The way God set up the world, work was required for things to function. God gives us our daily bread, but nothing is going to pop up in the toaster in the morning without the hard work of the farmer, the baker, the truck driver, and the team at the local supermarket. Work was part of what we were created to do – whether the work of the home, bringing up kids, or work outside the home; whether paid or unpaid. 

So as long as our work is not illegal or immoral, it can be part of how we serve God as his people, redeemed through Christ. It’s not as if your only service of the Lord is what you do on Sundays at church. Your daily work is service too. My grandmother had a sign over her kitchen which read, ‘Divine service is conducted here daily’. And it’s not as if you can only serve God in the ‘caring professions’. Society needs plumbers and bankers just as much as nurses and teachers. Colossians 3:24 tells Christian slaves ‘you are serving the Lord Christ’. 

And so when the Son of God became man, he got a regular job. That’s making quite a statement about the value and dignity of work. The first Adam was a gardener, the last Adam a carpenter. Both were manual labourers. Was Jesus just treading water for those 15 (or however many) years? Could his time have been better spent? No, he was fulfilling all righteousness. Living the perfect life. Serving the Lord. Working for him. 

And that will have meant he worked hard, was conscientious, didn’t do a shoddy job. You can bet his tables and chairs were well-made. Shame none of them survived. Would be quite something to have an original chair made in the Galilean workship, with the initials ‘JC’ engraved on the chair leg. 

Work is not God 

The first of the Ten Commandments says ‘You shall have no other gods besides me’. There’s only one God, and work is not it. The Lord alone is God. Anything else we put in that centre circle in our life will function as our god. We mustn’t do that. We mustn’t let a good thing become a God thing. That’s idolatry. ‘Keep yourselves from idols’ 1 John 5:21 says. 

Work is not meant to be what we look to for our ultimate security and identity and meaning and glory. And that is one reason a good work-life balance is so important. We need rest. And it’s a statement that there’s more to life than work.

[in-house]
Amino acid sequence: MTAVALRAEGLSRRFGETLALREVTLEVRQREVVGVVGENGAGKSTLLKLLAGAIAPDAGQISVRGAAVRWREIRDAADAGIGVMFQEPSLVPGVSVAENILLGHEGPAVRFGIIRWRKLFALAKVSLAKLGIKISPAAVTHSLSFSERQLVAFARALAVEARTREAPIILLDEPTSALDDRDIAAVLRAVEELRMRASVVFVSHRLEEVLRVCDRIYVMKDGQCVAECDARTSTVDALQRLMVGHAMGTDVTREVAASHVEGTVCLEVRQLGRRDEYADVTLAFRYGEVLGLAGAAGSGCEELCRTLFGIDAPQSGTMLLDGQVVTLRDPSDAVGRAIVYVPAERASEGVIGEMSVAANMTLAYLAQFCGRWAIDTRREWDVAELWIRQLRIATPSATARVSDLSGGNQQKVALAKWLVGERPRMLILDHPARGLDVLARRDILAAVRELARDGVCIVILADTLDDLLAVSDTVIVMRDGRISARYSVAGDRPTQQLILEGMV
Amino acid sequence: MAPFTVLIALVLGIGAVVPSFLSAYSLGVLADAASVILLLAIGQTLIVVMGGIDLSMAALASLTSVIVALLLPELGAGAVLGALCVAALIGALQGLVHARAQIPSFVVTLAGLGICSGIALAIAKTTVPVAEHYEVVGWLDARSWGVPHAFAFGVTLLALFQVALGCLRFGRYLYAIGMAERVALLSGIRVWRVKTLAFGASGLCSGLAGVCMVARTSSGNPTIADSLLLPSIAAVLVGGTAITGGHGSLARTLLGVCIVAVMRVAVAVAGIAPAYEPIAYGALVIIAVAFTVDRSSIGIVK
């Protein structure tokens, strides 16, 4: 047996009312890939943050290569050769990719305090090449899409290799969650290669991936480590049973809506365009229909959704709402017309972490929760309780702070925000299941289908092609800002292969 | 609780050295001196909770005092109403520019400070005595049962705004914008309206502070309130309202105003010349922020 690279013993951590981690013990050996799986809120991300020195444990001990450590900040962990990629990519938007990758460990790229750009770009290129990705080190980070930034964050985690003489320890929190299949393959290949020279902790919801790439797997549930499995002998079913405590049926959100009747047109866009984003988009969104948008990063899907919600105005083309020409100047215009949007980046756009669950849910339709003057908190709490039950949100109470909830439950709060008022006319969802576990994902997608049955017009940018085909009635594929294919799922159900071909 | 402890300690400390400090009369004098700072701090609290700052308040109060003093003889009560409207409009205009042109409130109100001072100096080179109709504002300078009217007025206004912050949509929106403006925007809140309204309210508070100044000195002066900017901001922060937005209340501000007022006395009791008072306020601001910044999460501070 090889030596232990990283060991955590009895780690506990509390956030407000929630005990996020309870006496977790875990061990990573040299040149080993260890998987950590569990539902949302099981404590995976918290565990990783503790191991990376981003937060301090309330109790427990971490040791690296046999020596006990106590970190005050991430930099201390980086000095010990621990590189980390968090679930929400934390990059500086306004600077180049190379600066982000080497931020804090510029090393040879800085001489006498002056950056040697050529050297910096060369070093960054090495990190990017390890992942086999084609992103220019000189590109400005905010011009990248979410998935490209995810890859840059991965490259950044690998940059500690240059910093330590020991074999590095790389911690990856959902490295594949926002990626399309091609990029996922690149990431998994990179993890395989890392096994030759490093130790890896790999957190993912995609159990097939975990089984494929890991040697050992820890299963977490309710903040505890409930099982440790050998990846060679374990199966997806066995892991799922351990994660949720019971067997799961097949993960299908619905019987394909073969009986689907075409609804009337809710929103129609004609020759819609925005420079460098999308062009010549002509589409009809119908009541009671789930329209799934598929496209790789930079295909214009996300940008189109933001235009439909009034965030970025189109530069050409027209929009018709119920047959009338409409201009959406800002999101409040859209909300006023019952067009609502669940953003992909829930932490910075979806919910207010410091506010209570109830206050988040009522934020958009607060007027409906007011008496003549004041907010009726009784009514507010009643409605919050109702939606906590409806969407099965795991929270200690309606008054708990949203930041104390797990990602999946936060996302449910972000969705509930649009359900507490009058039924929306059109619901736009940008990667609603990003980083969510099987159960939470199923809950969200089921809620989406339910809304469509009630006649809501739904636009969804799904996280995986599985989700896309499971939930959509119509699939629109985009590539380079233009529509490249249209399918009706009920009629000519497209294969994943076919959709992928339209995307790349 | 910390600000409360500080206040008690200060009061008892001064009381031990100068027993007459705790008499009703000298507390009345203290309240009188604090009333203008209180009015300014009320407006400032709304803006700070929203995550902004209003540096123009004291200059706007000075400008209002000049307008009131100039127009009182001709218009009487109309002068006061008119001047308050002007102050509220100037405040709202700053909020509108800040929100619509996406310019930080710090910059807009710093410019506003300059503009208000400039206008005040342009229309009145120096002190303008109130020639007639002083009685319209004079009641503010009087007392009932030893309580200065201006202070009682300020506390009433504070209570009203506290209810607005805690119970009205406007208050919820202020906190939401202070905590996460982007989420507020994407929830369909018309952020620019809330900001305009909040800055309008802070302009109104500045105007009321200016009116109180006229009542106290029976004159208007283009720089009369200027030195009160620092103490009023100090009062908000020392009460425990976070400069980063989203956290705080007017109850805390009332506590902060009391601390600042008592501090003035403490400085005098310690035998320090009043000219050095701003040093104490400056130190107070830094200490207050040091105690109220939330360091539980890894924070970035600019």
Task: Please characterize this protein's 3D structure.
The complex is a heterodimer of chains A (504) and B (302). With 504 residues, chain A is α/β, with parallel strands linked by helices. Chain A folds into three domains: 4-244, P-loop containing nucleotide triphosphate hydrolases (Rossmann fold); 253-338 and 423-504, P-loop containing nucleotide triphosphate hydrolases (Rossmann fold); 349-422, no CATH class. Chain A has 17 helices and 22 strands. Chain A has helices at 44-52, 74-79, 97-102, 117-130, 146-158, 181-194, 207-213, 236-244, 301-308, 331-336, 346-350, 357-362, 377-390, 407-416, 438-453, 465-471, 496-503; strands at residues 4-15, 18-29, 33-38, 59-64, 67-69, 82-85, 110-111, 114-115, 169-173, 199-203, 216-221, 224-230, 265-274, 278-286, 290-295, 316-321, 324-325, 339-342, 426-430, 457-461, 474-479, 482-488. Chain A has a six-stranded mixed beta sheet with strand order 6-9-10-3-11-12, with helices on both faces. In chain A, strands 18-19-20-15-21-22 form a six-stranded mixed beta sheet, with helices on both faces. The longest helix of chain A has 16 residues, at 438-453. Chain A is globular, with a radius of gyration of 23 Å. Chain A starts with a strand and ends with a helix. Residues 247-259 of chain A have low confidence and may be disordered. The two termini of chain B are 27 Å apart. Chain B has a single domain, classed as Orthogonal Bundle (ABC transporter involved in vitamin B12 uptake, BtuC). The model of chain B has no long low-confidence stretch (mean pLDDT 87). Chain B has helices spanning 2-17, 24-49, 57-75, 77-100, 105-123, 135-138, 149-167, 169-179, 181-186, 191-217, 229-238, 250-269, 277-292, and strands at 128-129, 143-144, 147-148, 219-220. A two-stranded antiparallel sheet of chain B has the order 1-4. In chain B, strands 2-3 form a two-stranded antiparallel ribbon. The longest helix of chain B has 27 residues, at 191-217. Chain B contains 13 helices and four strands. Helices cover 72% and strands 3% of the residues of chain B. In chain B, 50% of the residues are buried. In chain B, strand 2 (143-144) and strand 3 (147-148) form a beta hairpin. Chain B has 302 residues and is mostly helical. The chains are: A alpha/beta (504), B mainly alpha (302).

Jesus did his job as a carpenter, served his Father in it, earned money to support himself and the wider family. But work was not his god. In his work he wasn’t driven by love of money, trying to get as rich as possible. Or by the desire for security, trying to prove himself or fulfil his potential. He wasn’t driven by envy and competitiveness, trying to be better than everyone else. He was driven by love of the Father and a desire to serve him. 

Work is a grind 

In Genesis 3, work falls under God’s judgement on sin. The work of the home, bearing and raising kids, and the work of the ground, both become painful. Death also enters the world, creating a sense of futility in work. 

"Imagine how he would have behaved in his carpenter’s workshop. Being kind, loving, patient, self-controlled."

In Genesis 4 we have the first example of envy, hatred, and violence at work. Cain kills Abel in the workplace – in the field. In Genesis 31 Jacob sums up his 20 year long work experience with Laban as ‘by day the heat consumed me, and the cold by night, and my sleep fled from my eyes…you have changed my wages ten times’. Harsh work conditions, and unfair treatment by his employer. 

In Genesis 39 we have the first case of sexual harassment in the workplace. The boss’ wife tries to seduce Joseph. He resists her. She makes a false accusation. He’s subject to unfair dismissal; and wrongfully imprisoned. No union or HR department to defend him. 
Work is really hard for many people today: poorly paid, boring, awful conditions. Think of the sewer workers in India, cleaning out sewers by hand, without protective gear; for a pittance; exploited; many fatalities. Many of them are Christian. And even in ‘good jobs’ you have pressure and frustration. And you have to deal with the sins of the heart spilling over into workplace relationships – coveting, envy, slander, gossip, pride, selfish ambition. It makes work a grind. 

That would have been true for Jesus as well. He would have had to deal with difficult customers, perhaps an unreasonable boss, or envious co-workers, long hours, tiredness, things going wrong, pressure of orders and too much work. He would have needed to rely on his heavenly Father in prayer, and to persevere – as do we. 

Work is a godliness challenge

Colossian 3:22-4:1 tells Christian slaves how to behave in their work: to obey the boss, work with integrity, be conscientious, put your heart into it. Galatians 5 famously lists the fruit of the Spirit. Being Christian at work means displaying this fruit in the workplace. That should be our ambition at work - to be godly. And repenting of our sin when we’re not.